In this March 31, 2014, photo the new $2.2 million mansion that is the residence of Atlanta Archbishop Wilton Gregory stands in the upscale Buckhead neighborhood in Atlanta. Gregory apologized for his spending and offered to put the home up for sale after Pope Francis permanently removed a German bishop for his lavish spending on a renovation project. (AP Photo/David Goldman)
Photo: David Goldman / AP
Photo: David Goldman / AP

Archbishop to sell Buckhead mansion

Responding to pressure from parishioners and the example set by Pope Francis, Atlanta-based Archbishop Wilton Gregory announced Saturday he will sell his $2.2-million Buckhead mansion in early May and invest the proceeds in the Catholic community.

Gregory was criticized by church members and received national attention for building a 6,195-square-foot structure on property donated by Joseph Mitchell, a longtime Cathedral of Christ the King parishioner who died in 2011 and was the nephew of “Gone With the Wind” author Margaret Mitchell. Gregory’s move to the posh Habersham Road property was seen as out-of-step with the new pope’s emphasis on living simply and serving the poor.

After a private two-hour meeting Saturday with three advisory councils, Gregory issued a statement announcing his decision.

“After consultation with the members and hundreds of well-meaning parishioners of differing points of view, as well as my own personal reflection and prayer, I have decided to sell the Habersham property and invest the proceeds from that sale into the needs of the Catholic community,” he said.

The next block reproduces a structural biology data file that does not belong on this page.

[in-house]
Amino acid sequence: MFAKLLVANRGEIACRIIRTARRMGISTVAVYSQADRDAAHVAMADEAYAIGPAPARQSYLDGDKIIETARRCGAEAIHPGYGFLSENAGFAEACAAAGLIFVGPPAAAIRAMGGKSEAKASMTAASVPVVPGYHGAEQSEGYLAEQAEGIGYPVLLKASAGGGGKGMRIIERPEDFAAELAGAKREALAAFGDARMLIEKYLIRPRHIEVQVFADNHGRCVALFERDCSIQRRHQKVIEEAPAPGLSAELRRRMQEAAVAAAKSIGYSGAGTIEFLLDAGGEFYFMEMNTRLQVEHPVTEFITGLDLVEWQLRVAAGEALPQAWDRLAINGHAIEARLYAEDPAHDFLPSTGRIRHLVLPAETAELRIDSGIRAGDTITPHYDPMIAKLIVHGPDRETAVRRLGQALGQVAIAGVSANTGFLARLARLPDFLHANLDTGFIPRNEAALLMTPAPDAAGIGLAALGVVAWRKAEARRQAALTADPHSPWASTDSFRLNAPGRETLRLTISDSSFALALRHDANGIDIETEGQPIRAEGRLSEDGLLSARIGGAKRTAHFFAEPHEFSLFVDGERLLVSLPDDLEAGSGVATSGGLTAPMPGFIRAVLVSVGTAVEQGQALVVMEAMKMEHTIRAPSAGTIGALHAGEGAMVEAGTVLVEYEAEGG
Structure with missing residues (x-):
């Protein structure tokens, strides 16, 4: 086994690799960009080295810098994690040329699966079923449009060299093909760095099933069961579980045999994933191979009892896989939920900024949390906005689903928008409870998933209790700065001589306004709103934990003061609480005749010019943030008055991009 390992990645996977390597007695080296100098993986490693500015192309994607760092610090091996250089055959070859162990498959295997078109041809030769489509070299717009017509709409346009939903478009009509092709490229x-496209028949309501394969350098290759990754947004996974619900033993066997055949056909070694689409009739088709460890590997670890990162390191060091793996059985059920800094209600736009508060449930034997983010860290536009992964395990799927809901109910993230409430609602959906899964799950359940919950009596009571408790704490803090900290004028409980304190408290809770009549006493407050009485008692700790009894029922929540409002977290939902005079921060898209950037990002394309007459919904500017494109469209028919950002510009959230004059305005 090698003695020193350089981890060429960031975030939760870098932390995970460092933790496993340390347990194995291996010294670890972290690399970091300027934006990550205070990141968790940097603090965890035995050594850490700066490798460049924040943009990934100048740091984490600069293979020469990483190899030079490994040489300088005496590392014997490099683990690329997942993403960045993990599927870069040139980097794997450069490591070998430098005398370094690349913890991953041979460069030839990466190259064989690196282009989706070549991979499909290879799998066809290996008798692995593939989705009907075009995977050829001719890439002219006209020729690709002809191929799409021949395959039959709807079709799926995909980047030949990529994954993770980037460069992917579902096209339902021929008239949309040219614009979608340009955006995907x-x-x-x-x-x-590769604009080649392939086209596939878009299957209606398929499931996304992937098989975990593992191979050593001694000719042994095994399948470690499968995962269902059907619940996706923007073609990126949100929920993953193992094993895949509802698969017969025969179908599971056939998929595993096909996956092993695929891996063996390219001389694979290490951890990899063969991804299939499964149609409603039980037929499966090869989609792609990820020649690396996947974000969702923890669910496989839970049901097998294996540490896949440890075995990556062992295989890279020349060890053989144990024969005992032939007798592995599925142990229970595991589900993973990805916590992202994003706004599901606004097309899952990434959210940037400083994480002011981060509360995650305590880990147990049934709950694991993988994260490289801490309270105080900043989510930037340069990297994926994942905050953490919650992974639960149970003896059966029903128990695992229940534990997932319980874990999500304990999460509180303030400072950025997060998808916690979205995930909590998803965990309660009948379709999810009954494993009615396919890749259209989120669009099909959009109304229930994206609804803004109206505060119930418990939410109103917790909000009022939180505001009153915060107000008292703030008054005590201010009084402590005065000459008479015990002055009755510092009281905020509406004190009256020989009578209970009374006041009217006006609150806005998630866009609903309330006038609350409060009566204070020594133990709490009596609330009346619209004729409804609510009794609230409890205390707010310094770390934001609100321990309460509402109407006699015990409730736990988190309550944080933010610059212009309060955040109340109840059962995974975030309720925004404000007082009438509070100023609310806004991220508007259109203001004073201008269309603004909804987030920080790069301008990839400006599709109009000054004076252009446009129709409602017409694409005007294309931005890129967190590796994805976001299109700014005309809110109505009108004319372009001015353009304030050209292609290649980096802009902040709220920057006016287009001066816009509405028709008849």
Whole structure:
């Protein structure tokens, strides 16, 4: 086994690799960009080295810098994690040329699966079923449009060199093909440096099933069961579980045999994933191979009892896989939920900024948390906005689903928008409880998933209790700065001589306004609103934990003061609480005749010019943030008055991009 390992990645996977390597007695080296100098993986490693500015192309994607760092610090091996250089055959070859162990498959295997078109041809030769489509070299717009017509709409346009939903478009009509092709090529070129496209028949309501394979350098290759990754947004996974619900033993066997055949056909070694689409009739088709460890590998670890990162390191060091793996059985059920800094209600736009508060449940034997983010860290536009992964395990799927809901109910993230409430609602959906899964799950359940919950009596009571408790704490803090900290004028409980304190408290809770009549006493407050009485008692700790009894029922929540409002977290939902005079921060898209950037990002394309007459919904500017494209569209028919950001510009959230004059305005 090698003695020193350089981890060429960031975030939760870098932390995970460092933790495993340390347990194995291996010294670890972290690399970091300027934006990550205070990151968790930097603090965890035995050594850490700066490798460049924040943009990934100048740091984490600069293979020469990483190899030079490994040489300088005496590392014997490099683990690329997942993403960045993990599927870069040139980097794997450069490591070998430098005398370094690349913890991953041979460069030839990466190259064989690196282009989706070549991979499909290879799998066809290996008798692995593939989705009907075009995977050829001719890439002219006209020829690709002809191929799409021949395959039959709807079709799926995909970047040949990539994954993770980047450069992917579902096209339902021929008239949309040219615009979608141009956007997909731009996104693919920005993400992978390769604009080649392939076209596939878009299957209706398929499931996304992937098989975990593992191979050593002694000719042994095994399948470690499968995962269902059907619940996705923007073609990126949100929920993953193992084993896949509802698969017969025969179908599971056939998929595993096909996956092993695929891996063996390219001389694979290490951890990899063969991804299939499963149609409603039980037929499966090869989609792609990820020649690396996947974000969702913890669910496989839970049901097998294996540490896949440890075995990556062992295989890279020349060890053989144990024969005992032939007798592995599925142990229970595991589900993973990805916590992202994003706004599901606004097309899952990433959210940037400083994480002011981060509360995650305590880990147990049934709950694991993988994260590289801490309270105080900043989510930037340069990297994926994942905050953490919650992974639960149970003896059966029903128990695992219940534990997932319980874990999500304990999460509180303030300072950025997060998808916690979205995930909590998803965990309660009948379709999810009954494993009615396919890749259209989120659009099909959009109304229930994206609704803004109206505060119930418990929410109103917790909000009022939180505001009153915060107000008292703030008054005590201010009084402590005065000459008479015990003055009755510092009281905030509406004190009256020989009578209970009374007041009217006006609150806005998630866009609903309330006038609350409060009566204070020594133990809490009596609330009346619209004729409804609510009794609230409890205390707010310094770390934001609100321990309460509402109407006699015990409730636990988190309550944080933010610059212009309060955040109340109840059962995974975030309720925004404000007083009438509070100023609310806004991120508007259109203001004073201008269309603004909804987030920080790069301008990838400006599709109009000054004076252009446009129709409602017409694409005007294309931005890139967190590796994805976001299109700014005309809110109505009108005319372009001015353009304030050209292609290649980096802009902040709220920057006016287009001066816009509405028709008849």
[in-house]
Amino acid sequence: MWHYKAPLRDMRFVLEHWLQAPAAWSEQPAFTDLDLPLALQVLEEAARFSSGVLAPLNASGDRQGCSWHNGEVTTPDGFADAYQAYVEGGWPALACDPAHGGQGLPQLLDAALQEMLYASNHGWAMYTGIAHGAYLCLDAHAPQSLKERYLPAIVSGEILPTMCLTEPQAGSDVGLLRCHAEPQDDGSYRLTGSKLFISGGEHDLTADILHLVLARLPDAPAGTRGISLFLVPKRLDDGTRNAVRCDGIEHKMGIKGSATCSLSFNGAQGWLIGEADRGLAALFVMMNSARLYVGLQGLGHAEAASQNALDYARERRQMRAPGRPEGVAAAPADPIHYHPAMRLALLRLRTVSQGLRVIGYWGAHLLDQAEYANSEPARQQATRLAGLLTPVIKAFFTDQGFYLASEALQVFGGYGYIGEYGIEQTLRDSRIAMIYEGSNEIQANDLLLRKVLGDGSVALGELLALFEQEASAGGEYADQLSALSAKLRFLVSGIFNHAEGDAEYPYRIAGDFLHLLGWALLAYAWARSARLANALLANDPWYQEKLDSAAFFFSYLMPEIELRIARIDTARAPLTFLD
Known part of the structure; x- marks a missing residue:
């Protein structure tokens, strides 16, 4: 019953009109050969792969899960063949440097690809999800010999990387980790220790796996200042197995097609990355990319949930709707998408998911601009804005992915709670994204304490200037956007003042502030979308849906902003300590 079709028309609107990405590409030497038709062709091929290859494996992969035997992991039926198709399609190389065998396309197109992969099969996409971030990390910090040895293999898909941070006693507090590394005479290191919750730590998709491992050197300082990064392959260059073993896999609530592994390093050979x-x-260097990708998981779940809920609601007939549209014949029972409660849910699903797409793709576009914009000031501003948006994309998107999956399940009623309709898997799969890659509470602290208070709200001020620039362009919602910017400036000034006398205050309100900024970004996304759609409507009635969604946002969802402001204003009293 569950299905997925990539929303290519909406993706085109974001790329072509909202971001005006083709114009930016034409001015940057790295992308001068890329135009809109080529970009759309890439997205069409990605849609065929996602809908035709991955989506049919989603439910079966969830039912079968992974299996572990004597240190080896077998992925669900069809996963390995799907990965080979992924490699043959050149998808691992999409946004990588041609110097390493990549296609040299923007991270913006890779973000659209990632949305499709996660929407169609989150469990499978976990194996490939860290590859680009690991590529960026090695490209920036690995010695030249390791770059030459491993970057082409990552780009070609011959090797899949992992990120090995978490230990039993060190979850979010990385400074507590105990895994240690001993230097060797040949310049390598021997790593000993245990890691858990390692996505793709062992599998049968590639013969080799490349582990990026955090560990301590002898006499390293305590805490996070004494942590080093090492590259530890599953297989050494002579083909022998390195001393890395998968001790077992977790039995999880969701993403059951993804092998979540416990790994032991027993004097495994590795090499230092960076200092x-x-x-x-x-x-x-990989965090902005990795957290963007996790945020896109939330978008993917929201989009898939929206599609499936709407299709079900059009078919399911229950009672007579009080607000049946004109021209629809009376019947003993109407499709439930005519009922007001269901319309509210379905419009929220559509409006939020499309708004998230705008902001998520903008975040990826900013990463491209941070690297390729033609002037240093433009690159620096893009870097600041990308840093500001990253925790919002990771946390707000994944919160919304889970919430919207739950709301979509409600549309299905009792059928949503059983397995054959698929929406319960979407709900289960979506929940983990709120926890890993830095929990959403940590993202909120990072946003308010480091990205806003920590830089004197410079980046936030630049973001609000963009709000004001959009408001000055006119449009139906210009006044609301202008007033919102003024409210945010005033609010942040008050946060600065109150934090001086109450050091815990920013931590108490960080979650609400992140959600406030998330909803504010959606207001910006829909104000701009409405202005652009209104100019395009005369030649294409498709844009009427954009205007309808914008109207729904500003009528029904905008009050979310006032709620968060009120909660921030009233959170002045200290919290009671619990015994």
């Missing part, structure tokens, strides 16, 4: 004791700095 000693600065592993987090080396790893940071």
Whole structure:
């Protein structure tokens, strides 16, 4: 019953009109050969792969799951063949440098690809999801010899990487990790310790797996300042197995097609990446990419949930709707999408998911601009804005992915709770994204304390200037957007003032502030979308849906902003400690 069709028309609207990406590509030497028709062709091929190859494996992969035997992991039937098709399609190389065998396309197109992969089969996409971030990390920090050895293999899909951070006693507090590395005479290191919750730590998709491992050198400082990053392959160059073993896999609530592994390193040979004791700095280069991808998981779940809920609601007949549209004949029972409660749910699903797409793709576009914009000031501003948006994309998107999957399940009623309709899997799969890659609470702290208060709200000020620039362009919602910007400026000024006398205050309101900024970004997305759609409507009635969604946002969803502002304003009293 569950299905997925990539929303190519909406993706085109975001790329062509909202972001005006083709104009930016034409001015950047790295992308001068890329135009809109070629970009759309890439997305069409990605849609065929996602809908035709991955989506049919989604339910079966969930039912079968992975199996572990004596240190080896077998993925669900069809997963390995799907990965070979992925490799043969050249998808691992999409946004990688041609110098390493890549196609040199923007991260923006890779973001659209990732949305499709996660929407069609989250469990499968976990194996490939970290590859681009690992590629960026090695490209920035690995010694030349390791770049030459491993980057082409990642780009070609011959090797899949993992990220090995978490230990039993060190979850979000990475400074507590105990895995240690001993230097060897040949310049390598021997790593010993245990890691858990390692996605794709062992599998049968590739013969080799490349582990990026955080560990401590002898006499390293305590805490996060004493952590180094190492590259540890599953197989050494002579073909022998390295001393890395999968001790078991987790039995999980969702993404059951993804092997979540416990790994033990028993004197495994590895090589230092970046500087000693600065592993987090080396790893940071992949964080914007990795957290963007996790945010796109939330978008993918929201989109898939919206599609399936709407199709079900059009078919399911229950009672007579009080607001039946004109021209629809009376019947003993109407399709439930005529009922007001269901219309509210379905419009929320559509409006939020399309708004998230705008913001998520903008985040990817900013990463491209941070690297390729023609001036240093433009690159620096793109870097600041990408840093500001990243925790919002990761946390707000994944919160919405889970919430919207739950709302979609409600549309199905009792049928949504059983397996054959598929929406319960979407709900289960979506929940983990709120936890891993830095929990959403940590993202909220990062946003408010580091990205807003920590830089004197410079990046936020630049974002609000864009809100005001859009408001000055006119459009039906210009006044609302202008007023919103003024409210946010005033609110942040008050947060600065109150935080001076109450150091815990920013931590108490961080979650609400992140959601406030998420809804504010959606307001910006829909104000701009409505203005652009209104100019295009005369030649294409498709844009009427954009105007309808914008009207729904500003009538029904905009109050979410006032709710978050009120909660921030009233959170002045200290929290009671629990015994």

Gregory, who moved into the home in January, hasn’t decided where he will move next. Not under consideration is his old home on West Wesley Road, which is being renovated and may eventually house Monsignor Rector Frank McNamee, pastor at Christ the King, and six priests. Purchase and renovations of that property are also estimated at a combined $2.2 million.

Patricia Chivers, spokeswoman for the Archdiocese, said Gregory’s next residence could be another available Archdiocesan property closer to the chancery.

“He realized he made a mistake in not taking into consideration the changes in society today,” she said. “It will be a modest residence for sure. It could be a townhouse.”

The money for the Buckhead house came from $15 million left by Mitchell, who asked it be used for the parish and for archdiocese charitable works. The archdiocese demolished Mitchell’s house and built a spacious Tudor-style home.

In an interview last month with The Atlanta Journal-Constitution, which published a front-page article on the building plans March 23, Gregory and McNamee said they decided to spend the money on the residences because Christ the King was growing and needed more space. McNamee has proposed razing the rectory located on the Buckhead church’s campus.

Gregory said he believed the $2.2 million home would have received the pope’s blessing.

Soon after, Gregory reversed course and issued a public apology, saying he “failed to project the cost in terms of my own integrity and pastoral credibility with the people of God of north and central Georgia.”

“I want to thank those parishioners whose prayers, counsel and concern brought this issue to light and ensured that their archbishop was properly attuned to the important symbolism of simple actions and the challenges faced by many of the faithful in the Archdiocese of Atlanta,” Gregory said Saturday.

Laura Mullins, a parishioner who met with Gregory and asked that the home be sold, said she was surprised by Saturday’s announcement.

“When we first met with (the) archbishop (in January) after emails and trying to get someone to pay attention to our concerns, I was not hopeful this would be the conclusion,” she said. “I think it is very impressive he listened to people and brought this to a conclusion very quickly. … He listened to people who said you must lead by example.”

However, parishioner Barbara Pennington, who has been a member of Christ the King for three years, said she believes Gregory should have kept the home.

“Everyone is being so negative,” she said. “I don’t think they should be bullied into changing their minds. These people have given their lives for their parishioners.”

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